MEET THE AU­THOR

go! - - In Brief Upfront -

When renowned con­ser­va­tion­ist and au­thor Lawrence An­thony sud­denly passed away from a heart at­tack in March 2012, his widow Françoise Malby An­thony didn’t have much time to grieve. Their game re­serve Thula Thula still needed her. In An Ele­phant In My Kitchen, the se­quel to Lawrence’s in­ter­na­tional best­seller The Ele­phant Whis­perer (2009), Françoise (with Katja Willem­sen) writes about how she and her team of rangers and vol­un­teers has kept Lawrence’s legacy go­ing. What helped you carry on af­ter Lawrence passed away? Pro­tect­ing our rhi­nos was my re­spon­si­bil­ity. I felt very lonely, but I had no op­tion ex­cept to carry on fight­ing for their sur­vival. I started a non-profit or­gan­i­sa­tion and thanks to some won­der­ful donors I was able to in­crease pro­tec­tion for the rhi­nos by send­ing the mem­bers of our anti-poach­ing team for more train­ing. We also got new an­tipoach­ing equip­ment. The peo­ple of Thula Thula – my 50 em­ploy­ees – were also my re­spon­si­bil­ity and they have been a great sup­port since Lawrence passed away. Here again, I had no choice but to carry on. Of course, our herd of spe­cial ele­phants has helped me get through the grief.

What is your favourite mem­ory of Lawrence? His amaz­ing sense of hu­mour. He could make the most hi­lar­i­ous com­ments in the worst sit­u­a­tions. I also ad­mired his ever­last­ing op­ti­mism and “joie de vivre”.

Why did you de­cide to write this book? Many peo­ple were ask­ing for it. They all loved The Ele­phant Whis­perer and they were cu­ri­ous to find out what was hap­pen­ing at Thula Thula af­ter Lawrence’s death. Many peo­ple thought the re­serve had closed down; there were even ru­mours that I’d gone back to France! I also wanted to use the book to spread aware­ness about the work we’ve been do­ing and the chal­lenges of wildlife con­ser­va­tion, as well as the tragic con­se­quences of poach­ing. What lessons have you learnt from the ele­phants in your re­serve? They’re bet­ter than hu­mans. They never cease to amaze me – their in­tel­li­gence and their sur­pris­ing be­hav­iour in cer­tain cir­cum­stances no sci­en­tist can ex­plain. They have nat­u­ral com­pas­sion for each other and many other hu­man char­ac­ter­is­tics, but with­out the ego and evil. They know they are safe at Thula Thula. They come and visit me often at my house and those mo­ments are al­ways mag­i­cal. They have so much power, but they’re so gen­tle and vul­ner­a­ble at the same time. For me, they are the most lov­able crea­tures.

Will you ever go back to France? I visit my fam­ily and my friends ev­ery year, but I will al­ways come back to the bush.

What have you learnt about con­ser­va­tion since Lawrence passed away? Ev­ery­thing. I did not know the mean­ing of the word 20 years ago when we moved in at Thula Thula. At the time I was deal­ing with the ad­min, mar­ket­ing and hospi­tal­ity, but since Lawrence passed away I’ve had to take over the con­ser­va­tion work, too. Since 2012, we’ve opened a res­cue and re­ha­bil­i­ta­tion cen­tre and a vol­un­teer camp for na­ture and wildlife con­ser­va­tion ed­u­ca­tion. I’ve re­struc­tured the whole anti-poach­ing team and I’ve ini­ti­ated a con­tra­cep­tion pro­gramme for our male ele­phants as the re­serve has reached max­i­mum ca­pac­ity. Now I’m work­ing on an ex­pan­sion project to in­crease the land for our herd, so they can flour­ish and pros­per. It’s a com­mu­nity project that has been agreed upon with the lo­cal tribal lead­ers. Once the man­age­ment plan has been com­pleted and signed, we can start fenc­ing the new area. I also cre­ated a non-profit or­gan­i­sa­tion called The South African Con­ser­va­tion Fund to help sup­port our con­ser­va­tion pro­jects.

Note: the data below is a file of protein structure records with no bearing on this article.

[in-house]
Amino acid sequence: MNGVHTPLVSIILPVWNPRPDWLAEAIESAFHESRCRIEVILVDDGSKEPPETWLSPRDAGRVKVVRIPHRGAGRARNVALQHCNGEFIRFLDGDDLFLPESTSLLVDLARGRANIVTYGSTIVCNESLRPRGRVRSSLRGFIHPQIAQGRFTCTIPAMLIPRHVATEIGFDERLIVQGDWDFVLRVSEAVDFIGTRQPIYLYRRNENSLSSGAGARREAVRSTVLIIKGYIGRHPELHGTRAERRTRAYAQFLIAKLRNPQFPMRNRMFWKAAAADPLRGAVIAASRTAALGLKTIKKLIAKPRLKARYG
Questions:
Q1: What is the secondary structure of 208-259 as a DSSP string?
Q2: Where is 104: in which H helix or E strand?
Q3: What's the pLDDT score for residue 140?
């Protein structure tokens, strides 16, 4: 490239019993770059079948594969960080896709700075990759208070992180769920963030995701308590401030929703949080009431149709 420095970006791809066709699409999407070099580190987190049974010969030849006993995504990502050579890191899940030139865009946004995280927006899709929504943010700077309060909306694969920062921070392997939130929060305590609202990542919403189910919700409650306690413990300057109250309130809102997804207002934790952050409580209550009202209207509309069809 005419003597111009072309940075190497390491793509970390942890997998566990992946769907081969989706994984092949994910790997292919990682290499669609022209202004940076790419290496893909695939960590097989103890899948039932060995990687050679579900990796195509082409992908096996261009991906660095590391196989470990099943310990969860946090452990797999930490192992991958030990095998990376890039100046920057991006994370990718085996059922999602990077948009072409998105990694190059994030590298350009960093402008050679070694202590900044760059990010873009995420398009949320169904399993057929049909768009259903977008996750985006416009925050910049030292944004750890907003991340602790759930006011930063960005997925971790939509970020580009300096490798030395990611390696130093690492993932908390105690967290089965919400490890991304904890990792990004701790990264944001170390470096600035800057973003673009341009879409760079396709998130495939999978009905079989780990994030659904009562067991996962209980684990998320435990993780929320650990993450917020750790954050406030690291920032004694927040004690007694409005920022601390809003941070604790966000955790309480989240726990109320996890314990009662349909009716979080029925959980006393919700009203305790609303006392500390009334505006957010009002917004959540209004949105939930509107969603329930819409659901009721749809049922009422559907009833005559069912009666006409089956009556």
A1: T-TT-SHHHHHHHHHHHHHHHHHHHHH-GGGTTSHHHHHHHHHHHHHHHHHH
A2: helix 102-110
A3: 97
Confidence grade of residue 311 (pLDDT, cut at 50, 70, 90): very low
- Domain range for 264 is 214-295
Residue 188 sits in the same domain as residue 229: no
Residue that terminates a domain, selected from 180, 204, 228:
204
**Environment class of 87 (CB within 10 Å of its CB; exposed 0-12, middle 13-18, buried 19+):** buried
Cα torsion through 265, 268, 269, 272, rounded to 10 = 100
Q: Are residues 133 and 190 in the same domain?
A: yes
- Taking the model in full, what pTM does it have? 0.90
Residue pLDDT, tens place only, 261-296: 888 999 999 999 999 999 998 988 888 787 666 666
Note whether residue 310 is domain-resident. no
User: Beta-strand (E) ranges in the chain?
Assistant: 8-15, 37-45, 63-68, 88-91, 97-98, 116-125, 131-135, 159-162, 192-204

What do you want read­ers to take away from your book? Over­com­ing ad­ver­sity is a part of life. It’s the way you re­act to a chal­lenge that is im­por­tant. Af­ter Lawrence died, I was forced to look at the pos­i­tive side of life, even if ev­ery­thing seemed to be col­laps­ing around me. Most im­por­tantly, never give up, even if you want to run away. You’ll only find a so­lu­tion to a prob­lem if you face that prob­lem head-on.

How are things at the wildlife re­hab cen­tre? We have a few rescues at the mo­ment, in­clud­ing wilde­beest, kudu, genet and duiker. Once the an­i­mals are healthy, they’ll be re­leased into the wild at Thula Thula.

What do you want peo­ple to know about vis­it­ing Thula Thula? We have the most amaz­ing herd of ele­phants, rhi­nos, the best game rangers ever and great ac­com­mo­da­tion and food.

What’s next for the re­serve? The ex­pan­sion project. And maybe lions next year… One day we’ll be a real Big Five des­ti­na­tion. – Ca­lyn Moneron

An Ele­phant In My Kitchen is pub­lished by Pan Macmil­lan and costs R290 in book­stores.

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